On Tuesday, the GOP leaders in both, the House and Senate, took slightly different turns in their responses to the mass shooting incident at Marjory Stoneman Douglas High School in Florida. The incident has revived a national debate about guns.
Mitch McConnell (Ky.), who is the Senate GOP leader, embraced centrism and believes that the Senate should only focus on the legislation that can actually pass. McConnell holds a one-vote majority and is currently seeking to win seats in Florida and other states in this year’s midterm elections.
According to Mitch McConnell, the bill sponsored by the Senate Republican Whip John Cornyn (Texas) and Democratic Sen. Chris Murphy (Conn.) should be the one getting majority attention. He thinks that this bill would enhance the National Instant Criminal Background Check System (NICS).
In a statement, Mitch McConnell told reporters, “We should try to make some progress on bills that we agree on. What Sen. Cornyn is suggesting is to take something we all agree on — not in any way claiming it’s a panacea — but at least show some progress toward dealing with one element of the problem.”
On the other hand, Speaker Paul Ryan (R-Wis.) is not in favor of passing a legislation regarding this matter. Instead, he along with the House lawmakers are ‘more interested’ to perform an investigation associated with multiple law enforcement regulations that permit the 19-year-old to operate unrestricted.
Ryan wants the law enforcement authorities to first pass new laws for missing warning signs before finding out what happened at the incident.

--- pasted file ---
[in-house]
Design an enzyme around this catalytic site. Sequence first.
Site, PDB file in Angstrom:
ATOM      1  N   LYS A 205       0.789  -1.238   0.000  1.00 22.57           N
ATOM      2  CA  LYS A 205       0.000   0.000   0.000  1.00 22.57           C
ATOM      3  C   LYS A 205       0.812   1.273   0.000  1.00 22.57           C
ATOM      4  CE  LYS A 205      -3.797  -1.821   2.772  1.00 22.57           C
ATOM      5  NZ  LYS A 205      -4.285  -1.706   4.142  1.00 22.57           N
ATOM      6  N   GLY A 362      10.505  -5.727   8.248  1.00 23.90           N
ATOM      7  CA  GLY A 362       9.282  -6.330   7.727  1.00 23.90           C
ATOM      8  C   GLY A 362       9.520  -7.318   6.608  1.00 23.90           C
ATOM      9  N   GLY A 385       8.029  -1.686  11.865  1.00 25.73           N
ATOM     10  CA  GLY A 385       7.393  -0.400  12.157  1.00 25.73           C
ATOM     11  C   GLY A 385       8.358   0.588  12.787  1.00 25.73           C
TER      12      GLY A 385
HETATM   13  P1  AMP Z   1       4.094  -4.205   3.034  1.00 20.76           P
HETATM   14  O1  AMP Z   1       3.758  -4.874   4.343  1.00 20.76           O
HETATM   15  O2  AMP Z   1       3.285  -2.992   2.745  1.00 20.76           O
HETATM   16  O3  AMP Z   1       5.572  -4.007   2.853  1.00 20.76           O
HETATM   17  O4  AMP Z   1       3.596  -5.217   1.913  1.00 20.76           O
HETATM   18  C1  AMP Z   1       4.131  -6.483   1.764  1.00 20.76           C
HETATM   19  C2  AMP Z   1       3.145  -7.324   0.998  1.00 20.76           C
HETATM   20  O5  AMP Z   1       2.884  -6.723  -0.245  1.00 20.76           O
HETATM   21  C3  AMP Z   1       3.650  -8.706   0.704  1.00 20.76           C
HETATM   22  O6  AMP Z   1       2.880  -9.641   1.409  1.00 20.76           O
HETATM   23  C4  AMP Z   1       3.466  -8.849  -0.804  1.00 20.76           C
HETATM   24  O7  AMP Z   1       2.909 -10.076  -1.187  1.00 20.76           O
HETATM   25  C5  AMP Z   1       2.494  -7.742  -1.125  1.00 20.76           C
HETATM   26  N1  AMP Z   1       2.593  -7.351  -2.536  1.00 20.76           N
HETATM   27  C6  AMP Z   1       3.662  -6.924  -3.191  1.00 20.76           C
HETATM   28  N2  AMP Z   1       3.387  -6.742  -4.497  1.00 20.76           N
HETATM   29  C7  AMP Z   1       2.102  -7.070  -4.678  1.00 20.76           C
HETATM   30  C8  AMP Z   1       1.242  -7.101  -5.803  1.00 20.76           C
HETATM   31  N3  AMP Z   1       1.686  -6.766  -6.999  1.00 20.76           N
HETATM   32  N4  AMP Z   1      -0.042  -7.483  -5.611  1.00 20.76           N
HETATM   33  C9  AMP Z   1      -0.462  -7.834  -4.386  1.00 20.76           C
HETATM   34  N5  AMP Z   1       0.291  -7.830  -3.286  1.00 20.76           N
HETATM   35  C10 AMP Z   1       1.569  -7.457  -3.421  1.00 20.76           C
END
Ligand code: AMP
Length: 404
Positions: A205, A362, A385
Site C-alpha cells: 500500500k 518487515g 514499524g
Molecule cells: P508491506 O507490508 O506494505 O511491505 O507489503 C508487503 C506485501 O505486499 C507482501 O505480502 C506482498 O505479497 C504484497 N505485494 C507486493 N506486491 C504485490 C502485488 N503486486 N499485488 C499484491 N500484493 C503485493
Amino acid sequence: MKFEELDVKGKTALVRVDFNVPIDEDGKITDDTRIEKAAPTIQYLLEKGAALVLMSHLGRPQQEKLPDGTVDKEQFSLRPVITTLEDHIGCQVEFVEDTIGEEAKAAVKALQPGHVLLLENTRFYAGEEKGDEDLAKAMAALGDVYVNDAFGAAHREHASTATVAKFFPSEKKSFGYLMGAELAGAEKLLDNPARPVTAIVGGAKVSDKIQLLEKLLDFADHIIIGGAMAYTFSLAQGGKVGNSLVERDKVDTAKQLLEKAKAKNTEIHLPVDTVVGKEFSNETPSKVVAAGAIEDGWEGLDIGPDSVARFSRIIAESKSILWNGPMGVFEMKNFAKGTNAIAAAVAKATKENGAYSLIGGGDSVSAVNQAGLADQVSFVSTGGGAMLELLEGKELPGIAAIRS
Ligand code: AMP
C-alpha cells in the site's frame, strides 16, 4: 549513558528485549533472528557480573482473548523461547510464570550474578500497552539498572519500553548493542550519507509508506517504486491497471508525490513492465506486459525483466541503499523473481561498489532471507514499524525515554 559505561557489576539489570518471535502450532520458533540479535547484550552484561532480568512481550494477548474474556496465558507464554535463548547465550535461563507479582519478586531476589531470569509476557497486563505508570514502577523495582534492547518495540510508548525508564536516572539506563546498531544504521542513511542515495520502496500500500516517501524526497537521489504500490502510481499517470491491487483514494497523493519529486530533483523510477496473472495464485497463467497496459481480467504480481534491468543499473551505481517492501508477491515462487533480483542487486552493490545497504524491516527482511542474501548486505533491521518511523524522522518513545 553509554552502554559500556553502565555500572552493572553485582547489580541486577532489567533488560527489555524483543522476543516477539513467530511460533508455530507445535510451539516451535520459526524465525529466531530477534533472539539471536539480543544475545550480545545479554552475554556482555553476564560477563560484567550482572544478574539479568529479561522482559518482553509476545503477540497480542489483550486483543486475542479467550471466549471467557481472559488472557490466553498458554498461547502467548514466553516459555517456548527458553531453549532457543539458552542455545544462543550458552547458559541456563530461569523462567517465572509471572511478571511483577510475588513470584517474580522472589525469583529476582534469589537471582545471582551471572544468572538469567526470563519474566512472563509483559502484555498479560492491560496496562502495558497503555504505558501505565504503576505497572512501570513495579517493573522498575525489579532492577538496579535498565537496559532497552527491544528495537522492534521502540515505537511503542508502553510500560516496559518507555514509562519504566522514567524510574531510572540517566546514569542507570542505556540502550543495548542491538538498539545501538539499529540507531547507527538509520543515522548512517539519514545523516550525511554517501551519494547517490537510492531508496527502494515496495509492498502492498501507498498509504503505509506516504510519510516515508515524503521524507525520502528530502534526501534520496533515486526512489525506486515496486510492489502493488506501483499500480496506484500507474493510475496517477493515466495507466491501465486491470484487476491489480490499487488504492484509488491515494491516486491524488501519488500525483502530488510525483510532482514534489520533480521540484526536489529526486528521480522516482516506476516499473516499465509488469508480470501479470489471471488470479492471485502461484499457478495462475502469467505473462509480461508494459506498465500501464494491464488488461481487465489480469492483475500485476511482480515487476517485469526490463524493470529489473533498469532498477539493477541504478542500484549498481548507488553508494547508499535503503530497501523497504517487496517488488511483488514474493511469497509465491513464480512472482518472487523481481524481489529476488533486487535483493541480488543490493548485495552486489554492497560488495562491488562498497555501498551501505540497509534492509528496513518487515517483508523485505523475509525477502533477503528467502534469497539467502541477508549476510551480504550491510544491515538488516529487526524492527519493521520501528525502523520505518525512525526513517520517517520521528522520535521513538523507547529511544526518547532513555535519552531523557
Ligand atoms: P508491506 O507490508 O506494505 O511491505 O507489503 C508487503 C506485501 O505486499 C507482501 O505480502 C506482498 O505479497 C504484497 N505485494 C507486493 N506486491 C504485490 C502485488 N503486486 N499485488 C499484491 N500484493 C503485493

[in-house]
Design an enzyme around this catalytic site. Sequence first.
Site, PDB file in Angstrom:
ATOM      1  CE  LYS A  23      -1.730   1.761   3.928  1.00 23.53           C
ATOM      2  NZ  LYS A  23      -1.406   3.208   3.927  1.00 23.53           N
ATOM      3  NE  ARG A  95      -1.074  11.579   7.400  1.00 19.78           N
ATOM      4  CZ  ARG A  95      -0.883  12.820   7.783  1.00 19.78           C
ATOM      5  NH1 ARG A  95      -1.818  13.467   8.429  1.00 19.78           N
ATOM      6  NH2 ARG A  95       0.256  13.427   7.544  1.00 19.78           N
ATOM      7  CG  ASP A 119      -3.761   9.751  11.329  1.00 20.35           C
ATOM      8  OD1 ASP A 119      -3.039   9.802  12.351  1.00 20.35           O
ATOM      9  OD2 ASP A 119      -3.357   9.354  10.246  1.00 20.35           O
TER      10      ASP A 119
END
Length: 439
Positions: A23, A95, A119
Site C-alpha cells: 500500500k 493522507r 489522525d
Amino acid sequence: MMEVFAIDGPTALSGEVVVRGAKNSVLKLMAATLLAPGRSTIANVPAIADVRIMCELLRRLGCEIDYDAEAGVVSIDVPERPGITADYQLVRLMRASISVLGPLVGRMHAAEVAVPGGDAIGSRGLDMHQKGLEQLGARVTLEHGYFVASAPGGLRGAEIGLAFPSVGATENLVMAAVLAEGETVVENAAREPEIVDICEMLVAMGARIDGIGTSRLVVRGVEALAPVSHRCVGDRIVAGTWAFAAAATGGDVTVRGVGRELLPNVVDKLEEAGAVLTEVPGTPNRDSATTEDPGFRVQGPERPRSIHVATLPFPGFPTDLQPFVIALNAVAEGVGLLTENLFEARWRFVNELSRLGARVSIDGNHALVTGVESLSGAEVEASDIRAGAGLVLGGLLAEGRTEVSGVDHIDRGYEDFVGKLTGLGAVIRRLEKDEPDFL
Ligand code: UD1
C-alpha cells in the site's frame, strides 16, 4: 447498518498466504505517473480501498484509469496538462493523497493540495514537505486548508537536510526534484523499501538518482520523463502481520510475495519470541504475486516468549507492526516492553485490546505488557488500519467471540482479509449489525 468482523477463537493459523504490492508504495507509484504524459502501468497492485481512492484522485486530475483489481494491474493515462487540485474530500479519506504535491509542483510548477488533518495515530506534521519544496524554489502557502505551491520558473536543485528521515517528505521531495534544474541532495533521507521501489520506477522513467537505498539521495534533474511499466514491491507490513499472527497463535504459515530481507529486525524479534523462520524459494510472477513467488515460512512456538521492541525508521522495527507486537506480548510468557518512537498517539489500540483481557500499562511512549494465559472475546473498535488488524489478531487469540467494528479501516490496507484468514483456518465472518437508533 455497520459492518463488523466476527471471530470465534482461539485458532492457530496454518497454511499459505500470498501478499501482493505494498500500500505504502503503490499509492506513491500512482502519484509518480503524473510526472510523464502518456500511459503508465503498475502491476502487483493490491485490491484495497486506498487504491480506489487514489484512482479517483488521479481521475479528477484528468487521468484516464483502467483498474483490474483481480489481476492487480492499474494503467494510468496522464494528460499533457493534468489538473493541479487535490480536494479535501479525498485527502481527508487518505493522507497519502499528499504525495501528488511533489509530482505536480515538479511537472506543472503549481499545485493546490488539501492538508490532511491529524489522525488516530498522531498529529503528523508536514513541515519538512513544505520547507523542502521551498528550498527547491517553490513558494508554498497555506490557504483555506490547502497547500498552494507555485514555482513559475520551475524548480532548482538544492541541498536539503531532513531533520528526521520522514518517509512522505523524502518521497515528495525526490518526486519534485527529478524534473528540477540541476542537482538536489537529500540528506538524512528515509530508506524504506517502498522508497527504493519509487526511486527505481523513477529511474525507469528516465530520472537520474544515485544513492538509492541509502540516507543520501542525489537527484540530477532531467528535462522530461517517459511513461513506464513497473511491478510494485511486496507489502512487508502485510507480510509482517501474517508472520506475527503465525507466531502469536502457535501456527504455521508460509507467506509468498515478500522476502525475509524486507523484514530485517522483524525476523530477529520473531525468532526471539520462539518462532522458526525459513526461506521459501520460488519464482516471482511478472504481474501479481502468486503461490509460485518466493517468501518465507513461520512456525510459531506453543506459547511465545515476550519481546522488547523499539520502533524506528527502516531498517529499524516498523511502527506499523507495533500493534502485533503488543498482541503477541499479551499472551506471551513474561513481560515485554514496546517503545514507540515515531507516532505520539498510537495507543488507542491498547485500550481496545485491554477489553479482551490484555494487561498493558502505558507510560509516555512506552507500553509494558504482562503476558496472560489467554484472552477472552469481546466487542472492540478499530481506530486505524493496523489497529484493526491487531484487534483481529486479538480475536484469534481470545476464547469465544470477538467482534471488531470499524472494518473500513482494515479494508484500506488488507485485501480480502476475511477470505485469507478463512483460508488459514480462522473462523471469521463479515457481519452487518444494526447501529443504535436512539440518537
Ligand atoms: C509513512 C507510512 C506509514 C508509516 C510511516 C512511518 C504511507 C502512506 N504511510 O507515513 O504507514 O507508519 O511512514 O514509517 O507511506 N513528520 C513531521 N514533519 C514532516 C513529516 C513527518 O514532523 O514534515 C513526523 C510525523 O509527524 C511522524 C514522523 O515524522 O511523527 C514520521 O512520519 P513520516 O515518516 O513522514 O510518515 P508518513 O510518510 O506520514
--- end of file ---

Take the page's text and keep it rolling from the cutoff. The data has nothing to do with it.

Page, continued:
“We need to get to the bottom of how these breakdowns occurred,” Ryan said. “We are going to be looking at the system failures.”
Conservatives have put Ryan under heavy pressure due to his recent statements and action. Despite President Donald Trump has shown public support for some gun control measures and also agreed to the idea of raising the minimum age to 21 for purchasing rifles. Ryan along with other House Republicans had a diverse meaning on Tuesday.
A leader of the conservative House Freedom Caucus, Rep. Jim Jordan (R-Ohio) said in a statement, “Here’s what makes me mad: All these proposals don’t address the problem. There was like 36 times this kid interacted with government. It looks like the sheriff’s office didn’t do their job. And now the answer is more government?”
Charles Schumer (N.Y.), who is the Senate Democratic Leader, is supportive of the proposal that will improve and enhance reporting to the background check database. However, he also wants to expand background checks to shield the sales by people who are not classified as licensed dealers at gun shows or online.
“We in Congress have an obligation to pass meaningful gun safety legislation that will save lives and tackle as many of the loopholes and problems with our gun laws as we can,” Schumer told reporters.